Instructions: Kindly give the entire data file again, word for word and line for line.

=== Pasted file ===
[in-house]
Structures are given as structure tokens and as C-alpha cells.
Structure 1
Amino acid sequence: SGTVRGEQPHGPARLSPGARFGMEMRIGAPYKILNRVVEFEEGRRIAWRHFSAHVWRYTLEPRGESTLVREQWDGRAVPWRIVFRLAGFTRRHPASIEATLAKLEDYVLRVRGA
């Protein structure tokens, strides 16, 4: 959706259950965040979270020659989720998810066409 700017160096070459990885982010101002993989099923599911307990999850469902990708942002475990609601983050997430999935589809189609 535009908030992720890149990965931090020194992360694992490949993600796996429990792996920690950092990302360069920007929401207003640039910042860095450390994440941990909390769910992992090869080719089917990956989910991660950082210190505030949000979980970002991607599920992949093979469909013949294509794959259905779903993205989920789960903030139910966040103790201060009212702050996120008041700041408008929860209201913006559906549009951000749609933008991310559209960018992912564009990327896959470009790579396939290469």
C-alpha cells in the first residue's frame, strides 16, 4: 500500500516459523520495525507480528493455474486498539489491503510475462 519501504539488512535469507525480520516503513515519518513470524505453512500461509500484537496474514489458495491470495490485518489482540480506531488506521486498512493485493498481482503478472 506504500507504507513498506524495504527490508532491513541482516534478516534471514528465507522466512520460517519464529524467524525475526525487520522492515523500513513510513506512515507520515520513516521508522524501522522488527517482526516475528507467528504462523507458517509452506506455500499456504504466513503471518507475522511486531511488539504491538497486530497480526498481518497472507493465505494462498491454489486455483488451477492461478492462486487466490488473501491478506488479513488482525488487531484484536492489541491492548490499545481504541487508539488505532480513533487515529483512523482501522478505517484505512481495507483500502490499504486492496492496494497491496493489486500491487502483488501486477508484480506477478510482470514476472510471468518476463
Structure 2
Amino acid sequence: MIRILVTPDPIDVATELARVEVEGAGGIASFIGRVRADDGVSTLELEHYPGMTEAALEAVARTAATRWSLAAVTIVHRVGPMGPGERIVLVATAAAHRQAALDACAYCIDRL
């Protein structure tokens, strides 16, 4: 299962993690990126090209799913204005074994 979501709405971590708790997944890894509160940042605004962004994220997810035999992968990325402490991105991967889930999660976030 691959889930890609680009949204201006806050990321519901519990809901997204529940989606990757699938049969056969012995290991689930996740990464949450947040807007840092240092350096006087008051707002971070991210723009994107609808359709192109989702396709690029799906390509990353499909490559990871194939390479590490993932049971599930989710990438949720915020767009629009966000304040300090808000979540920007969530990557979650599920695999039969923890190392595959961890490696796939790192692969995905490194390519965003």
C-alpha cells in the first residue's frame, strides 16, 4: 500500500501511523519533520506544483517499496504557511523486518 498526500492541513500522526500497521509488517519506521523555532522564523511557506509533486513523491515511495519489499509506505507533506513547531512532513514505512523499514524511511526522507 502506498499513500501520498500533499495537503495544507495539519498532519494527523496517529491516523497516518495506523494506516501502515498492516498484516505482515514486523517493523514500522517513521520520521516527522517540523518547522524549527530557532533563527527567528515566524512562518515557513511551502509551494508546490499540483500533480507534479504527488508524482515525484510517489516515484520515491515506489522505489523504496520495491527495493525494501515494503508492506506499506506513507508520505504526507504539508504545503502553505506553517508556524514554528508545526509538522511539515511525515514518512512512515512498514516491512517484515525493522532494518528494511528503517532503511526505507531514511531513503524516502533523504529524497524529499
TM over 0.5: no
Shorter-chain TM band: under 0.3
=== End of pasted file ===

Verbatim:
[in-house]
Structures are given as structure tokens and as C-alpha cells.
Structure 1
Amino acid sequence: SGTVRGEQPHGPARLSPGARFGMEMRIGAPYKILNRVVEFEEGRRIAWRHFSAHVWRYTLEPRGESTLVREQWDGRAVPWRIVFRLAGFTRRHPASIEATLAKLEDYVLRVRGA
């Protein structure tokens, strides 16, 4: 959706259950965040979270020659989720998810066409 700017160096070459990885982010101002993989099923599911307990999850469902990708942002475990609601983050997430999935589809189609 535009908030992720890149990965931090020194992360694992490949993600796996429990792996920690950092990302360069920007929401207003640039910042860095450390994440941990909390769910992992090869080719089917990956989910991660950082210190505030949000979980970002991607599920992949093979469909013949294509794959259905779903993205989920789960903030139910966040103790201060009212702050996120008041700041408008929860209201913006559906549009951000749609933008991310559209960018992912564009990327896959470009790579396939290469």
C-alpha cells in the first residue's frame, strides 16, 4: 500500500516459523520495525507480528493455474486498539489491503510475462 519501504539488512535469507525480520516503513515519518513470524505453512500461509500484537496474514489458495491470495490485518489482540480506531488506521486498512493485493498481482503478472 506504500507504507513498506524495504527490508532491513541482516534478516534471514528465507522466512520460517519464529524467524525475526525487520522492515523500513513510513506512515507520515520513516521508522524501522522488527517482526516475528507467528504462523507458517509452506506455500499456504504466513503471518507475522511486531511488539504491538497486530497480526498481518497472507493465505494462498491454489486455483488451477492461478492462486487466490488473501491478506488479513488482525488487531484484536492489541491492548490499545481504541487508539488505532480513533487515529483512523482501522478505517484505512481495507483500502490499504486492496492496494497491496493489486500491487502483488501486477508484480506477478510482470514476472510471468518476463
Structure 2
Amino acid sequence: MIRILVTPDPIDVATELARVEVEGAGGIASFIGRVRADDGVSTLELEHYPGMTEAALEAVARTAATRWSLAAVTIVHRVGPMGPGERIVLVATAAAHRQAALDACAYCIDRL
């Protein structure tokens, strides 16, 4: 299962993690990126090209799913204005074994 979501709405971590708790997944890894509160940042605004962004994220997810035999992968990325402490991105991967889930999660976030 691959889930890609680009949204201006806050990321519901519990809901997204529940989606990757699938049969056969012995290991689930996740990464949450947040807007840092240092350096006087008051707002971070991210723009994107609808359709192109989702396709690029799906390509990353499909490559990871194939390479590490993932049971599930989710990438949720915020767009629009966000304040300090808000979540920007969530990557979650599920695999039969923890190392595959961890490696796939790192692969995905490194390519965003």
C-alpha cells in the first residue's frame, strides 16, 4: 500500500501511523519533520506544483517499496504557511523486518 498526500492541513500522526500497521509488517519506521523555532522564523511557506509533486513523491515511495519489499509506505507533506513547531512532513514505512523499514524511511526522507 502506498499513500501520498500533499495537503495544507495539519498532519494527523496517529491516523497516518495506523494506516501502515498492516498484516505482515514486523517493523514500522517513521520520521516527522517540523518547522524549527530557532533563527527567528515566524512562518515557513511551502509551494508546490499540483500533480507534479504527488508524482515525484510517489516515484520515491515506489522505489523504496520495491527495493525494501515494503508492506506499506506513507508520505504526507504539508504545503502553505506553517508556524514554528508545526509538522511539515511525515514518512512512515512498514516491512517484515525493522532494518528494511528503517532503511526505507531514511531513503524516502533523504529524497524529499
TM over 0.5: no
Shorter-chain TM band: under 0.3